Reciprocal Meat Conference Abstracts

Salmonella Contamination in Poultry—Are We Missing a Potential Vector?

  • T. Sexton (Colorado State University)
  • I. Geornaras (Colorado State University)
  • D. Woerner (Colorado State University)
  • R. Delmore (Colorado State University)
  • K. Belk (Colorado State University)
  • J. Martin (Colorado State University)


ObjectivesIn the third quarter of 2015, USDA Salmonella prevalence in young chicken carcasses and chicken parts was 1.4 and 22.1%, respectively. These data indicate that efforts to control carcass contamination are effective; however, the relatively high prevalence in chicken parts suggests the pathogen is somehow evading carcass decontamination strategies. Thus, the objectives of this study were to assess the presence of Salmonella enterica in an alternative carcass location, namely joint synovial fluid, and further, to characterize any recovered Salmonella isolates.Materials and MethodsThe synovial fluid of 3 unique true joints (shoulder, coxofemoral, and stifle) of 500 broiler carcasses were individually sampled (1500 total samples) and analyzed for Salmonella presence. Broiler carcasses were collected immediately post chilling from 3 conventional and 2 antibiotic free broiler processing facilities located in the Southeast and Western United States. Each processing location was sampled twice during the study period. Broiler carcasses were subjected to a decontamination protocol to reduce the potential of cross-contamination of the joint synovial fluid from the carcass surface. The decontamination protocol included immersing the carcass in ethanol, flame sterilization, removing the carcass skin around the joint to be sampled and finally, immersion in boiling water (10 s). The joints to be sampled were then aseptically exposed using a sterile scalpel. The synovial fluid of the 3 joints was individually sampled, using a sterile swab, and the swab was enriched (35°C, 22 h) in buffered peptone water. Enriched synovial fluid samples from each bird (n = 3 joints per bird) were composited and subjected to rapid-based PCR Salmonella detection. If the composite sample was deemed a presumptive positive, the individual enriched synovial samples were further subjected to rapid based PCR Salmonella detection. Individual samples deemed a presumptive positive were subjected to secondary enrichment and selective agar plating (Brilliant Green Sulfa Agar and XLT4 Agar) to facilitate isolation of Salmonella. Presumptive Salmonella isolates were serotyped prior to determination of antimicrobial susceptibility.ResultsOverall, the prevalence of presumptive positive Salmonella among all joints for all birds was 0.47% (7 out of 1500 samples) with a 95% confidence interval of 0.20 to 1.00%. The prevalence of presumptive positive Salmonella among the antibiotic free and conventionally raised broilers was 0.17 and 0.67%, respectively. Among regions, presumptive positive Salmonella prevalence tended to be greater in the Southeast (0.83%) versus the Western region (0.22%). Among joint types, prevalence was greater in the shoulder joint (0.80%) when compared to the coxofemoral (0.40%) and stifle (0.20%) joints, respectively.ConclusionTo our knowledge, no previous assessments of Salmonella in the synovial fluid of broilers exists. However, as the presence of Salmonella in ground poultry and poultry parts remains problematic, alternative vectors for Salmonella should be evaluated. These results suggest that Salmonella may be present in the synovial fluid of broilers. Although prevalence is relatively low, when extrapolated to the scale of broilers produced, this information provides valuable insight into potential poultry contamination pathways. Further evaluation of this pathway is warranted.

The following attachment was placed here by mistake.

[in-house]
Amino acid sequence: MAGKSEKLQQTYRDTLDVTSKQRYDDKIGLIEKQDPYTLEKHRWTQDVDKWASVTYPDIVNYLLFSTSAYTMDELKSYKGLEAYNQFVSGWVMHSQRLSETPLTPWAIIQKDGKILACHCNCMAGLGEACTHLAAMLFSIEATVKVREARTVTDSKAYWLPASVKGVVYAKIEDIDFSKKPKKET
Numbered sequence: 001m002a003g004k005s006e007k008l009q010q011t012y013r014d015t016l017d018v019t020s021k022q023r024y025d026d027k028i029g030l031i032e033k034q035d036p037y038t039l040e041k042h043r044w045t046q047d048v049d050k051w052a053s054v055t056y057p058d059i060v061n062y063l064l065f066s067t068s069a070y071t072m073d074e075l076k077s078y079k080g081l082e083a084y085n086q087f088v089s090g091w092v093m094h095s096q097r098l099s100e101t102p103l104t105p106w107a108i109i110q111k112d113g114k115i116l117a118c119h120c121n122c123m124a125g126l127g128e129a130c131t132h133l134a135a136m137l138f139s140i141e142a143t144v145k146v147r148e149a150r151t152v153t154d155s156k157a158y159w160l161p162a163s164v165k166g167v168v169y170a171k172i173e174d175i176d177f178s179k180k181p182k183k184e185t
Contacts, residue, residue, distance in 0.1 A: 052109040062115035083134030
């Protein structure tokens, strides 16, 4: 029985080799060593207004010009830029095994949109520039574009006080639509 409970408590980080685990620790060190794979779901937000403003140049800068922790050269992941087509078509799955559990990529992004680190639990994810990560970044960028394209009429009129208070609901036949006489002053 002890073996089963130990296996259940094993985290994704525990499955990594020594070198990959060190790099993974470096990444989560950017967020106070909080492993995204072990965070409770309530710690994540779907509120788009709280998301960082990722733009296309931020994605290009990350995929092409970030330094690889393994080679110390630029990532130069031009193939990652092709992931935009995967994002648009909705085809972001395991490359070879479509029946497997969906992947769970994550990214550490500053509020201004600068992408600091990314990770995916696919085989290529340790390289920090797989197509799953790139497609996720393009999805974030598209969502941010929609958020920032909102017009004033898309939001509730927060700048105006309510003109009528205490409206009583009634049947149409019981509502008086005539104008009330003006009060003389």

Keywords: salmonella, poultry, synovial fluid

How to Cite:

Sexton, T., Geornaras, I., Woerner, D., Delmore, R., Belk, K. & Martin, J., (2019) “Salmonella Contamination in Poultry—Are We Missing a Potential Vector?”, Meat and Muscle Biology 1(3). doi:



Published on
31 Dec 2018
Peer Reviewed